The first half started on time and under water- no pitch for running shinty this and after an opening spell when the Glen forwards pushed the ball uphill into the mist the rest of the 45 minutes was spent keeping at bay Donnie Campbell , young Masters Martin and Moir and Gillespic Macdonald who swarmed forward. They had chances but did not have the time or the space to take them and Paul Mackintosh had a resolute game in the defence. Not for the first time did the master stroke of playing Andrew Corrigan in defence pay off-his pace is something other defences would dream of and one lost count of the times he was able to nip the ball away from the half-forward and clear it up field.
The second half was a tale of three goals- if truth be told four goals because the Skye men did get one back and should have had more- but they were slow to shoot and Stewart Mackintosh does deserve the international credentials he is credited with.
The Pairc has a clear slope and in the second half this did help the Glen somewhat as did the instruction from the Glen bench that given the depth of the pools which were beginning to form., it was counter-productive to carry the ball in the way that Eddie Tembo and Ruaraidh Cameron had attempted to . Almost at once the wisdom of this paid off-a long ball forward from the excellent John Barr was pulled down by Cameron and smacked on the volley a full 30 yards into the Skye net. A memorable goal and one which was added to 10 minutes later by Calum Miller when he send a long ball from midfield down on top of the Skye goals. Connor made the mistake of letting it bounce and it skipped off the wet turf through his legs and over the line.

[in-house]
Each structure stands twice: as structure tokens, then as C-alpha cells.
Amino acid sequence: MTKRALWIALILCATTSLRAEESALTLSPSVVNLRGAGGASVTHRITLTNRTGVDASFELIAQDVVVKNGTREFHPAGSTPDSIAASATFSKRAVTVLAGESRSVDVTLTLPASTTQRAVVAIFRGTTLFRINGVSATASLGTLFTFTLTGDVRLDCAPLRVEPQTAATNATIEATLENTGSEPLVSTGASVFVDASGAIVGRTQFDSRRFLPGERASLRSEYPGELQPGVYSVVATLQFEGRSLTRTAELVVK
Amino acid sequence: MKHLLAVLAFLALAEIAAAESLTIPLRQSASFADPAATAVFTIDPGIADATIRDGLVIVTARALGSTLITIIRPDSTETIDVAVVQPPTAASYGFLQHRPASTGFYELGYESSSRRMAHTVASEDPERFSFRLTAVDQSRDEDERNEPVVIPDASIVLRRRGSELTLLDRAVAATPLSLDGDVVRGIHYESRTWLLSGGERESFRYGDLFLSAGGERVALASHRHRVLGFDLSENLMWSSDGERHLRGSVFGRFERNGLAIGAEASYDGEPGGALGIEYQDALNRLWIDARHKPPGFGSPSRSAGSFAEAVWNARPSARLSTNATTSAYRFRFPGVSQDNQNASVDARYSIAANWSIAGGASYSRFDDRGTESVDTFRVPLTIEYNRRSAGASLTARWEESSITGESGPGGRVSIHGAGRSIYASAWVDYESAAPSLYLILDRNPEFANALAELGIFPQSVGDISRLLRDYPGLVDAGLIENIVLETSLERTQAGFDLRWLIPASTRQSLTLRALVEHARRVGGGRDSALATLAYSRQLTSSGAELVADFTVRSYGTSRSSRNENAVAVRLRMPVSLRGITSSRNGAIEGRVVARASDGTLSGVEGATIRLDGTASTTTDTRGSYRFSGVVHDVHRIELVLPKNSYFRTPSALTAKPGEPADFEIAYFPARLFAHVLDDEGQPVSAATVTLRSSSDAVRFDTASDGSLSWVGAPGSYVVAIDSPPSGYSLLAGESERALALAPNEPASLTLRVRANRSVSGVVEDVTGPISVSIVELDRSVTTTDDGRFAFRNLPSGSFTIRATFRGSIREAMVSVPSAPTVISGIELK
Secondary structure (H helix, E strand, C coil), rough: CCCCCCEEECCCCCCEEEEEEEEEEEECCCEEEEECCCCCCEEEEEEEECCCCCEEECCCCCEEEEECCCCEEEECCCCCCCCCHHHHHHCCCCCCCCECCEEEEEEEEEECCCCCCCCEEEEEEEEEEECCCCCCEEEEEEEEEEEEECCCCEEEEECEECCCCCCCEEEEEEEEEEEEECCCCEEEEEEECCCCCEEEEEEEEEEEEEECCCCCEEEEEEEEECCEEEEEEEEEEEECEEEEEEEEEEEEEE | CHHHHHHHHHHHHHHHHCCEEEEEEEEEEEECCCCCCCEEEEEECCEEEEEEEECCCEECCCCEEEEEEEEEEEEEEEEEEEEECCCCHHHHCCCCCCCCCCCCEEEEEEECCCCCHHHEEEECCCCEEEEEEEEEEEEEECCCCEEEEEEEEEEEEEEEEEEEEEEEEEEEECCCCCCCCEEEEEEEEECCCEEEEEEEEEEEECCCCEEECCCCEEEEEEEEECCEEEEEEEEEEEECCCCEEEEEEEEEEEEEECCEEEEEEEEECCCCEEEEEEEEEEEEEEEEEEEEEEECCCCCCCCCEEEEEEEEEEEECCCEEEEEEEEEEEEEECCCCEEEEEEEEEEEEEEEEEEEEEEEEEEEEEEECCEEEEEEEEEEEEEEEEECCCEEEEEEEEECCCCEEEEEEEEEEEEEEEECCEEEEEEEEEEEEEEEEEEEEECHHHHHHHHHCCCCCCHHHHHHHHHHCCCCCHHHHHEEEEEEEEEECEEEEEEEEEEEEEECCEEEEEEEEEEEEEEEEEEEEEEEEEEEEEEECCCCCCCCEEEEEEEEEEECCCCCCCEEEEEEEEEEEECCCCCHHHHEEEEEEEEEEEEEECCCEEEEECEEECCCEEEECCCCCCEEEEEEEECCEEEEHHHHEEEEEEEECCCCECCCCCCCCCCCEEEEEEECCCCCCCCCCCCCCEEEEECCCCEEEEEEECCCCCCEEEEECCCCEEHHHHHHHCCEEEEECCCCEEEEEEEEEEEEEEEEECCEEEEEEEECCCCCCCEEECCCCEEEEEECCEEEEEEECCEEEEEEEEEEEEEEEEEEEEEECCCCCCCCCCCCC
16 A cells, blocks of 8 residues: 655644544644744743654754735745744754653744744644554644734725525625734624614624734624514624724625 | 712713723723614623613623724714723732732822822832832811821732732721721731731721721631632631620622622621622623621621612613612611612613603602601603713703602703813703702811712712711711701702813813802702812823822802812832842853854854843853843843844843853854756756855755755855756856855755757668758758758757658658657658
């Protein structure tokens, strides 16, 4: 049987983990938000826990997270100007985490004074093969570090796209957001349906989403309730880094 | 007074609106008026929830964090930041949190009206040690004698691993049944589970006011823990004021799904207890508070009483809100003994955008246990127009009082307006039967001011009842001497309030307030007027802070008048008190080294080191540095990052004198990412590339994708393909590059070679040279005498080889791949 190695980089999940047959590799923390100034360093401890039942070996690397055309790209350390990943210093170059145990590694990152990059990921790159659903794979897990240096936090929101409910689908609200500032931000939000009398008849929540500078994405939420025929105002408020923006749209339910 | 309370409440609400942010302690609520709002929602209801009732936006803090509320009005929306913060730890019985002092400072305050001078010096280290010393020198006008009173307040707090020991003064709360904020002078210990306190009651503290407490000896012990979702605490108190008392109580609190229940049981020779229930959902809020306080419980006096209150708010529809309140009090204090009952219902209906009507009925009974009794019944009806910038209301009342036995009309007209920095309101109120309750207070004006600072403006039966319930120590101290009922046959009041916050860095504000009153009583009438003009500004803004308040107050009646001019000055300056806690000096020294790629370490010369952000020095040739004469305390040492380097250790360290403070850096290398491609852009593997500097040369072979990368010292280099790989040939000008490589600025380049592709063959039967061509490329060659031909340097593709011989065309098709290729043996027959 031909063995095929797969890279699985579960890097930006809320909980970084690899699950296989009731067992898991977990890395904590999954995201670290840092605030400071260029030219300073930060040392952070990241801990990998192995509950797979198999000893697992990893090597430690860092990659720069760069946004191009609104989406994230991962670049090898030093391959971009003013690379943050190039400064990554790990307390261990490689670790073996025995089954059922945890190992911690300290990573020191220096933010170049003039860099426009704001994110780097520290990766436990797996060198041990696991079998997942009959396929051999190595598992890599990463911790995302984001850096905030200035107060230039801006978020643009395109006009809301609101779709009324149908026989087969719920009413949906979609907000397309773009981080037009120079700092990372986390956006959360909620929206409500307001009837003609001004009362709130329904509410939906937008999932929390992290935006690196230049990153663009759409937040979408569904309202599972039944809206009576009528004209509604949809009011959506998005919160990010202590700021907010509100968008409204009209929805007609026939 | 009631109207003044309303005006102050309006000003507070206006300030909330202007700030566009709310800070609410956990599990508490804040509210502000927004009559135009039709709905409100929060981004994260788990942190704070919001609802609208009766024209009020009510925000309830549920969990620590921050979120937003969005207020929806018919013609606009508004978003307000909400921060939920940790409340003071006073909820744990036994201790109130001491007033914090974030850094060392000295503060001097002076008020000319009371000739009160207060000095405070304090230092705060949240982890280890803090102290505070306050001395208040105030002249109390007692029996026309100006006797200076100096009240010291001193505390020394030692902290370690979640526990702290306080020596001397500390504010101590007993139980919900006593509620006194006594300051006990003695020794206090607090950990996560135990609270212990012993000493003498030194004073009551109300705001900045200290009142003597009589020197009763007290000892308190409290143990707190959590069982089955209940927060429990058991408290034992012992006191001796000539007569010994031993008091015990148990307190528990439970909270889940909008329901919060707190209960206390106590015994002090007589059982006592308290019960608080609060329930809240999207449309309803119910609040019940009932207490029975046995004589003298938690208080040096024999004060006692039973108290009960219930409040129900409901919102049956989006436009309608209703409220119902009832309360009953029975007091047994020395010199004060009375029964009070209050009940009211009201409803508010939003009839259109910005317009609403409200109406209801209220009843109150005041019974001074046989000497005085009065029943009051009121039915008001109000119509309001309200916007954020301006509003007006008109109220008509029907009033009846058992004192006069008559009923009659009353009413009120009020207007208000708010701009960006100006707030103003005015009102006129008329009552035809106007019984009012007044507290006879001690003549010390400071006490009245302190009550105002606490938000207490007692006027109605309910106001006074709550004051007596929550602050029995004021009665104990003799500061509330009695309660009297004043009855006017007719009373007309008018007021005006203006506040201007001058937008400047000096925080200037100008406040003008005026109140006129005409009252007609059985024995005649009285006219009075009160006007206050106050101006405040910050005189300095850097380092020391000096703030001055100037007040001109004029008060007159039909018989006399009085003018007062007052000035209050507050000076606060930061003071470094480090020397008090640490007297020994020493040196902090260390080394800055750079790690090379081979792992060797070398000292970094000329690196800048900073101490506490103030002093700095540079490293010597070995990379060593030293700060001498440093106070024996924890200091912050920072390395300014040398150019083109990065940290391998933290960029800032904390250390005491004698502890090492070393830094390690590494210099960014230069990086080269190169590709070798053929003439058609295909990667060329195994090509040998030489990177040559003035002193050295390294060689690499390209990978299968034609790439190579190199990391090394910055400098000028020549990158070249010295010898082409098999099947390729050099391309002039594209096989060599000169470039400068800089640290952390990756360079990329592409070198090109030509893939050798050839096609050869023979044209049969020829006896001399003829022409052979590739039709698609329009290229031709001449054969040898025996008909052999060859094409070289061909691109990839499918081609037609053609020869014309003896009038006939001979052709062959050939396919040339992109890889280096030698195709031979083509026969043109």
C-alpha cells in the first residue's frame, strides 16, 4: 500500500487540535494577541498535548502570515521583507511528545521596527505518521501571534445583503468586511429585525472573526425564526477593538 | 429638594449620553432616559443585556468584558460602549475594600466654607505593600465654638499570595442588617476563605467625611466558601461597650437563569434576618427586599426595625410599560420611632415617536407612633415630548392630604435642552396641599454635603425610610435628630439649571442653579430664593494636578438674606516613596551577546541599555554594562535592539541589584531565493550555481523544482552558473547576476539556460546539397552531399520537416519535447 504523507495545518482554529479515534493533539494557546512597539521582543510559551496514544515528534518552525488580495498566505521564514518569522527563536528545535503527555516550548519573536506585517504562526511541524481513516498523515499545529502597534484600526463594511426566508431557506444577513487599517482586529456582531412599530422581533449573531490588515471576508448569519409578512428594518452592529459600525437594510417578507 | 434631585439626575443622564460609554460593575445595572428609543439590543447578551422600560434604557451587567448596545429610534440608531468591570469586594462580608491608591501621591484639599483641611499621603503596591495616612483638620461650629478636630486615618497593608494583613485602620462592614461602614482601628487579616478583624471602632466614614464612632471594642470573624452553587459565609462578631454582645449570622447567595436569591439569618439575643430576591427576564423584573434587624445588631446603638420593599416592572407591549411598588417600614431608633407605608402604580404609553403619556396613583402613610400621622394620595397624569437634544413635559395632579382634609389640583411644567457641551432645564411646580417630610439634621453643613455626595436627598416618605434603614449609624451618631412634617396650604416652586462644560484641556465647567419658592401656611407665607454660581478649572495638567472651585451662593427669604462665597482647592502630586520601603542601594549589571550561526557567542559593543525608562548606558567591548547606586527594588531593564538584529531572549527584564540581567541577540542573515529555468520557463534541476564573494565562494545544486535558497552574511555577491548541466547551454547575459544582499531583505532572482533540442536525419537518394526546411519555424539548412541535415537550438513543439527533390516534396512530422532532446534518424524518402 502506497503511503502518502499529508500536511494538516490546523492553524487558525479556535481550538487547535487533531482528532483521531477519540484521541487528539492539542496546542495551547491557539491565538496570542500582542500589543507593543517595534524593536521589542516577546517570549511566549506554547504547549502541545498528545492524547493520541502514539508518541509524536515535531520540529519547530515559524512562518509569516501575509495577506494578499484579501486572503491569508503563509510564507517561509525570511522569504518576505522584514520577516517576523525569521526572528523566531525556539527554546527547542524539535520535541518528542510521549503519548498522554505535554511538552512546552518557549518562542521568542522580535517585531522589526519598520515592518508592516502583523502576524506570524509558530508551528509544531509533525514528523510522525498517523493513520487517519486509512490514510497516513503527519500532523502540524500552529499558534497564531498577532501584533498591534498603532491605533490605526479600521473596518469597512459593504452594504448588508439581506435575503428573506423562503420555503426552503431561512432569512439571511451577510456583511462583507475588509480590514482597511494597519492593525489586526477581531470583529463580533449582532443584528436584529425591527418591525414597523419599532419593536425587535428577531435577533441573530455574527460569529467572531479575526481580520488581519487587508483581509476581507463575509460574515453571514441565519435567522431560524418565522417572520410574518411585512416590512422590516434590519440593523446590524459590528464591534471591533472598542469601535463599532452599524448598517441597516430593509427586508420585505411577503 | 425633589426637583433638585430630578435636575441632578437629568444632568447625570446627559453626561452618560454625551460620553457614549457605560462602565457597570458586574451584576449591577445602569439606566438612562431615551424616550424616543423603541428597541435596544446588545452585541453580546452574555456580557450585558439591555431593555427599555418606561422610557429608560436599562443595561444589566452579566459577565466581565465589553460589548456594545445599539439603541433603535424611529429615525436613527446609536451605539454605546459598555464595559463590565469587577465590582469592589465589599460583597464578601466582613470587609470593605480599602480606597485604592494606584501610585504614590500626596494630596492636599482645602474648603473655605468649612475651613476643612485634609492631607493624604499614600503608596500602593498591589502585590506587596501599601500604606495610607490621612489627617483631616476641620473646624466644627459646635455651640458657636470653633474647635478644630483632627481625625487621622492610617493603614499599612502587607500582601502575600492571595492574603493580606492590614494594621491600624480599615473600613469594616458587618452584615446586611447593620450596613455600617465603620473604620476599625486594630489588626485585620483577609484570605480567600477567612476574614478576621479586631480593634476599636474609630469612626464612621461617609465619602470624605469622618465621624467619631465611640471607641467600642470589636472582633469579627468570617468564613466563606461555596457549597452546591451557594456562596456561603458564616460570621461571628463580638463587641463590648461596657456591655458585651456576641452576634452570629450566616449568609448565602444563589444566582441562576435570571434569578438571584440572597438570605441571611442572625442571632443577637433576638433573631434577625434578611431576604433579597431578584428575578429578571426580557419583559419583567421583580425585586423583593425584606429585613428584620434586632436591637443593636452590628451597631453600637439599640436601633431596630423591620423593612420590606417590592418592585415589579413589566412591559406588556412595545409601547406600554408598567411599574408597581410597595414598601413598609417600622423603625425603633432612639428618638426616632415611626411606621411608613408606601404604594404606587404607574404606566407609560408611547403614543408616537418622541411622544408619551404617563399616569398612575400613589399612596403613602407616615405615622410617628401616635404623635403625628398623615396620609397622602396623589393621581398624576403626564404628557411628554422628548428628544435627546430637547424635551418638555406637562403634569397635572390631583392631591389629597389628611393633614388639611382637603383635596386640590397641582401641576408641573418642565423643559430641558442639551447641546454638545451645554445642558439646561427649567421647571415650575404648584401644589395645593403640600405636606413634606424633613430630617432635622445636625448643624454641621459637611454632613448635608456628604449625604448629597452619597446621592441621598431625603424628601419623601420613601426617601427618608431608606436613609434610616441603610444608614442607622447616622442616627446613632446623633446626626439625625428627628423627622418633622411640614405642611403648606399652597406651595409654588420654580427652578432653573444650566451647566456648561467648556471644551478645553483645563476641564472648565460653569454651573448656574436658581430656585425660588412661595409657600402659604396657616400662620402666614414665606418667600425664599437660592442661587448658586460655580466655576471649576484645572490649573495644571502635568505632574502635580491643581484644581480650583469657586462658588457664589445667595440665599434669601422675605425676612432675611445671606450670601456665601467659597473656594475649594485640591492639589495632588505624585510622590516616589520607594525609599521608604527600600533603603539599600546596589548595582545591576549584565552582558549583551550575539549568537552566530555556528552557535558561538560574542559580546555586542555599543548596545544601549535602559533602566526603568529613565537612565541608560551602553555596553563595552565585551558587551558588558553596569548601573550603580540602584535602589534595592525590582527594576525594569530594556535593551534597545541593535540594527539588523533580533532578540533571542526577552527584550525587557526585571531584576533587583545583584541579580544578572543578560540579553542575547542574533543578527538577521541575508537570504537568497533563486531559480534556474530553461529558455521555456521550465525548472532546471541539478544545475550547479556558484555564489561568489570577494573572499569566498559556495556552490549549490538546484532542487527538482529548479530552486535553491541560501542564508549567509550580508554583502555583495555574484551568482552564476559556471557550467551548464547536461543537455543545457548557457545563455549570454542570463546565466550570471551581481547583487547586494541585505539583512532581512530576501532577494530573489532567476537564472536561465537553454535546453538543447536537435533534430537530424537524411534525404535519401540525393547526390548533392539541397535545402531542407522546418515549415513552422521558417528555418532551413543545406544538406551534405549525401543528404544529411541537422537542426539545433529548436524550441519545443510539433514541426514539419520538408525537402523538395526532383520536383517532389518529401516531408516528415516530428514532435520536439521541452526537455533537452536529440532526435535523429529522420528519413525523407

Skye went on the offensive from that point and made more than enough opportunities to pull back the game from the brink but they were slow to shoot , while McCormack , Girvan and Mackintosh, a true thin red line, dug in at the back and kept them out. It was an inspiring set of performances - and none were more inspired than Captain John Barr though Eddie Tembo ran him close. They simply fought hard to keep on top of the game , though things did begin to look fragile in the 80th minute when the ever skilful Sorley Macdonald blasted in a shot which deflected off Corrigan’s stick into the net.
By that time 16 year old Alastair Mackintosh had come on to replace the injured Arran Macdonald on the Glen wing and in the last eight minutes Neale Reid, brother of centre man Stewart Reid , came on in the wide left position after Miller had limped off. It was the winning combination-young Mackintosh ,who had quickly realised that getting to the ball before your opponent is the secret of shinty success, nicked the ball across the front of the Skye goal and Reid nipping in front of Ian Nicholson rapped it into the net for the winning goal.
It was the perfect way to finish the game. As for the rest of the afternoon ,the prospect of a hamburger and a two hour drive back to the Glen did not seem so scary now.